415. Norembega THE winding way the serpent takes
The mystic water took,
From where, to count its beaded lakes,
416. A Summer Pilgrimage To kneel before some saintly shrine,
To breathe the health of airs divine,
Or bathe where sacred rivers flow,
417. The Gift Of Tritemius Tritemius of Herbipolis, one day,
While kneeling at the altar's foot to pray,
Alone with God, as was his pious choice,
418. Bayard Taylor I.
'And where now, Bayard, will thy footsteps tend?'
My sister asked our guest one winter's day.
419. The Hero 'O for a knight like Bayard,
Without reproach or fear;
My light glove on his casque of steel,
420. The Hermit Of Thebaid O strong, upwelling prayers of faith,
From inmost founts of life ye start,-
The spirit's pulse, the vital breath
421. The Peace Of Europe 'GREAT peace in Europe! Order reigns
From Tiber's hills to Danube's plains!'
So say her kings and priests; so say
422. William Forster The years are many since his hand
Was laid upon my head,
Too weak and young to understand
423. The Star Of Bethlehem Where Time the measure of his hours
By changeful bud and blossom keeps,
And, like a young bride crowned with flowers,
424. The Yankee Girl She sings by her wheel at that low cottage door,
Which the long evening shadow is stretching before;
With a music as sweet as the music which seems
425. A Greeting Thrice welcome from the Land of Flowers
And golden-fruited orange bowers
To this sweet, green-turfed June of ours!
426. The Last Eve Of Summer Summer's last sun nigh unto setting shines
Through yon columnar pines,
And on the deepening shadows of the lawn
427. John Underhill A score of years had come and gone
Since the Pilgrims landed on Plymouth stone,
When Captain Underhill, bearing scars
428. Naples — 1860 I GIVE thee joy!â??I know to thee
The dearest spot on earth must be
Where sleeps thy loved one by the summer sea;
429. To E. C. S. Poet and friend of poets, if thy glass
Detects no flower in winter's tuft of grass,
Let this slight token of the debt I owe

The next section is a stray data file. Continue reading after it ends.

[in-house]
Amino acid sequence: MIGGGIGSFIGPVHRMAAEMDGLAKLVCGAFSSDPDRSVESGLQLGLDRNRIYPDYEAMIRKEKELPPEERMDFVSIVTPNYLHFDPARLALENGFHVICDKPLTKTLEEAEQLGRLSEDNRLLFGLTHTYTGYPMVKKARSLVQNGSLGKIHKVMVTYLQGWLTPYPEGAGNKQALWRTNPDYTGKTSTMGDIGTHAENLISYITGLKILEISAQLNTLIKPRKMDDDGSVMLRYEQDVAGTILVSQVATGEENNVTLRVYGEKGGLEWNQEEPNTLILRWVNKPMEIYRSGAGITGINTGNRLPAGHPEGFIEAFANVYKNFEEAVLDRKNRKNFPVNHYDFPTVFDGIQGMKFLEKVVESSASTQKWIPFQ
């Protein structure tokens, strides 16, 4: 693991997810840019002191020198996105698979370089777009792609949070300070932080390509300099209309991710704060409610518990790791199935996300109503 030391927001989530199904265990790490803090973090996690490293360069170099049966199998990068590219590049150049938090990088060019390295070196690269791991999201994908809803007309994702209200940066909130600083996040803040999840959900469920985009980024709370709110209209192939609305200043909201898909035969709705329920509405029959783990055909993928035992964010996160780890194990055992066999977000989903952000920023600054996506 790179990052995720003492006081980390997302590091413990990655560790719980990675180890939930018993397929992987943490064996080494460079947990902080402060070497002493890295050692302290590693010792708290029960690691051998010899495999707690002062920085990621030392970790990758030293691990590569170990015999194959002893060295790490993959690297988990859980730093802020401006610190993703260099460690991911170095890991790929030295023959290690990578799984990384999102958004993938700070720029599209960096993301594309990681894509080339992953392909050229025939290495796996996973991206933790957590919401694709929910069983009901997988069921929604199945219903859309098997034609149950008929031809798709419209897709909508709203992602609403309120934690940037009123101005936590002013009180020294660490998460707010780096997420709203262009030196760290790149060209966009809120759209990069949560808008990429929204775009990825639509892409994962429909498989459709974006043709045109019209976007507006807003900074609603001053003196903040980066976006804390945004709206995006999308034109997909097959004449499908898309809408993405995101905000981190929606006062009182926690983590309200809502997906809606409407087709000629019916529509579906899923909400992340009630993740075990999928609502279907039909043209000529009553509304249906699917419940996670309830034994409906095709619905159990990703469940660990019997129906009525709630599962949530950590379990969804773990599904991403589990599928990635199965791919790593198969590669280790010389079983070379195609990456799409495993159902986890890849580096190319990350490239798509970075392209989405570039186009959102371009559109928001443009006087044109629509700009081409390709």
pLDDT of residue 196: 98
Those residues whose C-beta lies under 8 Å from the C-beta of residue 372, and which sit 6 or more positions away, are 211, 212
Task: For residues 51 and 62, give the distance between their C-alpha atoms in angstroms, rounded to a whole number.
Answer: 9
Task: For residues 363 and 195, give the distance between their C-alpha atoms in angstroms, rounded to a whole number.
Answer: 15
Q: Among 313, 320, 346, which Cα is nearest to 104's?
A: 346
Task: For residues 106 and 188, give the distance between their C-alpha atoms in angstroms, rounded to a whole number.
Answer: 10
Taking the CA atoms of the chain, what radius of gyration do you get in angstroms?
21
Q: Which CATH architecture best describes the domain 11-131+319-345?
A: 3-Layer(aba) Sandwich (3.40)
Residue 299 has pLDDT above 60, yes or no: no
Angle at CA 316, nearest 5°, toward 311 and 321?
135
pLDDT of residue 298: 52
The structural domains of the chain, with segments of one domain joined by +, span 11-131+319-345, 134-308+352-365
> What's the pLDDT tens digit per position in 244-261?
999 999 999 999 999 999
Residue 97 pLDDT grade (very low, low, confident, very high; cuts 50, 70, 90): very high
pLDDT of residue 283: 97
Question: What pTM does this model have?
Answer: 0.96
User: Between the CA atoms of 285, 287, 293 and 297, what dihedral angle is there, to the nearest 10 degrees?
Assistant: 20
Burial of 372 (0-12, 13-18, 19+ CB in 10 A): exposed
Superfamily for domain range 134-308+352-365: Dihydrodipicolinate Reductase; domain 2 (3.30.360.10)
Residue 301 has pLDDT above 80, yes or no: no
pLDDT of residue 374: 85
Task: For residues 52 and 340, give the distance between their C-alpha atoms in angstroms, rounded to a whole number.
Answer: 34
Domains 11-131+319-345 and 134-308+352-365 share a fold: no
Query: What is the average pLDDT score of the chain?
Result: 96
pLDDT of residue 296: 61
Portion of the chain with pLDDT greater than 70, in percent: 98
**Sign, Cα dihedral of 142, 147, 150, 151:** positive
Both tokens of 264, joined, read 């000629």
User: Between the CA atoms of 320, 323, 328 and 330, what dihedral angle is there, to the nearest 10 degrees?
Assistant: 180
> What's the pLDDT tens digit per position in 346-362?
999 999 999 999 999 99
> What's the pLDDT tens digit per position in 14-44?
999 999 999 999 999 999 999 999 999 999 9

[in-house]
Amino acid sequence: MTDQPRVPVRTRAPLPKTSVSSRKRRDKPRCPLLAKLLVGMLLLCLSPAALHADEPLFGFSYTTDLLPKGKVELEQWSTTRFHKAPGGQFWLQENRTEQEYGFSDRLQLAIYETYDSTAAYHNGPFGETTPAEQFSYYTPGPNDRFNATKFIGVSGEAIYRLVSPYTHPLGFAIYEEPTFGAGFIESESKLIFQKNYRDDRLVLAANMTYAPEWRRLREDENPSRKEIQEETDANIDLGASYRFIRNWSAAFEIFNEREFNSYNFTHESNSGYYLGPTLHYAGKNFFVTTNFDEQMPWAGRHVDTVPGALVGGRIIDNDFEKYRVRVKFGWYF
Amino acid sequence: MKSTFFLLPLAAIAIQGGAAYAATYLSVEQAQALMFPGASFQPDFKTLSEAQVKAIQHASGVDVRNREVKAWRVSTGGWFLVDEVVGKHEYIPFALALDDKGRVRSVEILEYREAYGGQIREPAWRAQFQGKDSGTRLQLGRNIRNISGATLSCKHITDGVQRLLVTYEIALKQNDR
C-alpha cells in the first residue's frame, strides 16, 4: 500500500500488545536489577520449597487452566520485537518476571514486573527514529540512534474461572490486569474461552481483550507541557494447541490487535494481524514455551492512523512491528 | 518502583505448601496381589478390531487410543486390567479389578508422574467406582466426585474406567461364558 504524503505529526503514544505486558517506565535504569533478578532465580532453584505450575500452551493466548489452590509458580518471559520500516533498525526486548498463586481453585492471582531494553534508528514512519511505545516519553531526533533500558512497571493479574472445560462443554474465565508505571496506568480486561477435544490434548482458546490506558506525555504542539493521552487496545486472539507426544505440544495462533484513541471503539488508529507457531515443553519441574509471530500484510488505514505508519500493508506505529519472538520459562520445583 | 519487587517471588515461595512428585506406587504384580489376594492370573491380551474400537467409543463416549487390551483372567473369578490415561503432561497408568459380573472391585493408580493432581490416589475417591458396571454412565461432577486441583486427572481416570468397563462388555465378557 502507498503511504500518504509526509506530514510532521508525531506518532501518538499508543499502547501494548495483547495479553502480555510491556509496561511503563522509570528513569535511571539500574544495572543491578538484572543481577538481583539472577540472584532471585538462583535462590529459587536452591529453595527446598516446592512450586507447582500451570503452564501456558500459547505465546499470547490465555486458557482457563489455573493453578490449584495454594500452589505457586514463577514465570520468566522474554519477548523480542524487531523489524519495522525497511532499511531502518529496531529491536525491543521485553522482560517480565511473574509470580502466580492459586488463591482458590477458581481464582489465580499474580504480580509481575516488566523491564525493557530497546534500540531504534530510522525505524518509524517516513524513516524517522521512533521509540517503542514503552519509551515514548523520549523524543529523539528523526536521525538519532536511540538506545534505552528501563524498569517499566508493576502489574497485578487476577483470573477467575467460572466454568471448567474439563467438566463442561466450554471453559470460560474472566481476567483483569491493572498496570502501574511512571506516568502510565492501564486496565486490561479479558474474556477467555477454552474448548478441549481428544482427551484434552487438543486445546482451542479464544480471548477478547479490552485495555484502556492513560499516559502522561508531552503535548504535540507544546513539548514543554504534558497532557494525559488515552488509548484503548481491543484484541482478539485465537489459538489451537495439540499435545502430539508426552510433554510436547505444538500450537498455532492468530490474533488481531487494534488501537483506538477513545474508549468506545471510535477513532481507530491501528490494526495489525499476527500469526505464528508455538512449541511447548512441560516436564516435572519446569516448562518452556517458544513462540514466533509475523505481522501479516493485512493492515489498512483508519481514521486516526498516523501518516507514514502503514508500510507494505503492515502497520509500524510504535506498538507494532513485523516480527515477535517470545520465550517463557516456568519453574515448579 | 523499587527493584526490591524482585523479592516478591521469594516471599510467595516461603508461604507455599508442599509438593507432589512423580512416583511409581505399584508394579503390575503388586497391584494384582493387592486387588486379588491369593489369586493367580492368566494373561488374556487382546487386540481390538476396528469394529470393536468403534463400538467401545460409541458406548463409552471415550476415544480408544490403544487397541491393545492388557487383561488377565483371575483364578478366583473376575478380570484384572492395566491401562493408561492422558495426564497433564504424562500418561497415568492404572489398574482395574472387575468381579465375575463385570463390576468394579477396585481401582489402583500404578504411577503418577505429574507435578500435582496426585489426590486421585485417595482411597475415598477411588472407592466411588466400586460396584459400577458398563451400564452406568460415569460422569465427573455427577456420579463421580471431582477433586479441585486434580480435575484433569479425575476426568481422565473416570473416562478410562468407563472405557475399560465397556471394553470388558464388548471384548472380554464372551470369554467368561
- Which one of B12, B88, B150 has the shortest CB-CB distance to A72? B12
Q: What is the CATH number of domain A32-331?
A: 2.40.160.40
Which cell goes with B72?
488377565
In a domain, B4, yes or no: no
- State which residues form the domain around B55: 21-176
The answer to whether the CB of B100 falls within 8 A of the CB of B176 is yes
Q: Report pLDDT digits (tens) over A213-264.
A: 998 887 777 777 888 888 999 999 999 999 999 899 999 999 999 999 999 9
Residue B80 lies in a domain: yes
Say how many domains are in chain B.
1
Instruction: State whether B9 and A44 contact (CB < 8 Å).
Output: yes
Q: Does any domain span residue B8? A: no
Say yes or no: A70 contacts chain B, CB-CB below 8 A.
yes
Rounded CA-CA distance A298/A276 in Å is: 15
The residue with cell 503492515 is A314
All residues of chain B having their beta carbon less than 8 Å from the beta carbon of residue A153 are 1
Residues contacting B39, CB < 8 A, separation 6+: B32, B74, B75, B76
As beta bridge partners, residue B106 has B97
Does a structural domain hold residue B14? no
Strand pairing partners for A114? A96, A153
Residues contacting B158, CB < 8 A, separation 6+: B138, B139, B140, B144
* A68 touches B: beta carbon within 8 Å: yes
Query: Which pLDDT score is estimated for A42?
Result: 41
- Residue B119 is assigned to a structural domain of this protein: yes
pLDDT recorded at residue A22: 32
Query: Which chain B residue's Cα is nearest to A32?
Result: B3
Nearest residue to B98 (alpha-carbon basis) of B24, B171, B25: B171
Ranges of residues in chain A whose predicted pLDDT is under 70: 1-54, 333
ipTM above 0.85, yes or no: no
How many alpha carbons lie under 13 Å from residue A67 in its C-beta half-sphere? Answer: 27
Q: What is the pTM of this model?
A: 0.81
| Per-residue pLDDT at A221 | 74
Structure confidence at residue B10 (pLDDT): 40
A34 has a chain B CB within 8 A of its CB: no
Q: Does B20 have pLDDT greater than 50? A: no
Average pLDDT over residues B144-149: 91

430. A Day Talk not of sad November, when a day
Of warm, glad sunshine fills the sky of noon,
And a wind, borrowed from some morn of June,
431. The Slaves Of Martinique BEAMS of noon, like burning lances, through the tree-tops flash and glisten,
As she stands before her lover, with raised face to look and listen.
Dark, but comely, like the maiden in the ancient Jewish song:
432. Marguerite MASSACHUSETTS BAY, 1760.
THE robins sang in the orchard, the buds into
433. Expostulation OUR fellow-countrymen in chains!
Slaves, in a land of light and law!
Slaves, crouching on the very plains
434. The Voices 'WHY urge the long, unequal fight,
Since Truth has fallen in the street,
Or lift anew the trampled light,
435. The Peace Autumn THANK God for rest, where none molest,
And none can make afraid;
For Peace that sits as Plenty's guest
436. What The Voice Said MADDENED by Earth's wrong and evil,
'Lord!' I cried in sudden ire,
'From Thy right hand, clothed with thunder,
446. The Christian Tourists No aimless wanderers, by the fiend Unrest
Goaded from shore to shore;
No schoolmen, turning, in their classic quest,
447. Channing Not vainly did old poets tell,
Nor vainly did old genius paint
God's great and crowning miracle,
448. The Lost Occasion Some die too late and some too soon,
At early morning, heat of noon,
Or the chill evening twilight. Thou,
449. Calef In Boston, 1692 IN the solemn days of old,
Two men met in Boston town,
One a tradesman frank and bold,
450. To Pennsylvania O STATE prayer-founded! never hung
Such choice upon a people's tongue,
Such power to bless or ban,
Total 471 poems written by John Greenleaf Whittier
Poem of the day
The Wood-Cutter by Robert William Service
The sky is like an envelope,
One of those blue official things;
And, sealing it, to mock our hope,
The moon, a silver wafer, clings.
What shall we find when death gives leave
To read--our sentence or reprieve?
I'm holding it down on God's scrap-pile, up on the fag-end of earth;
... Read complete poem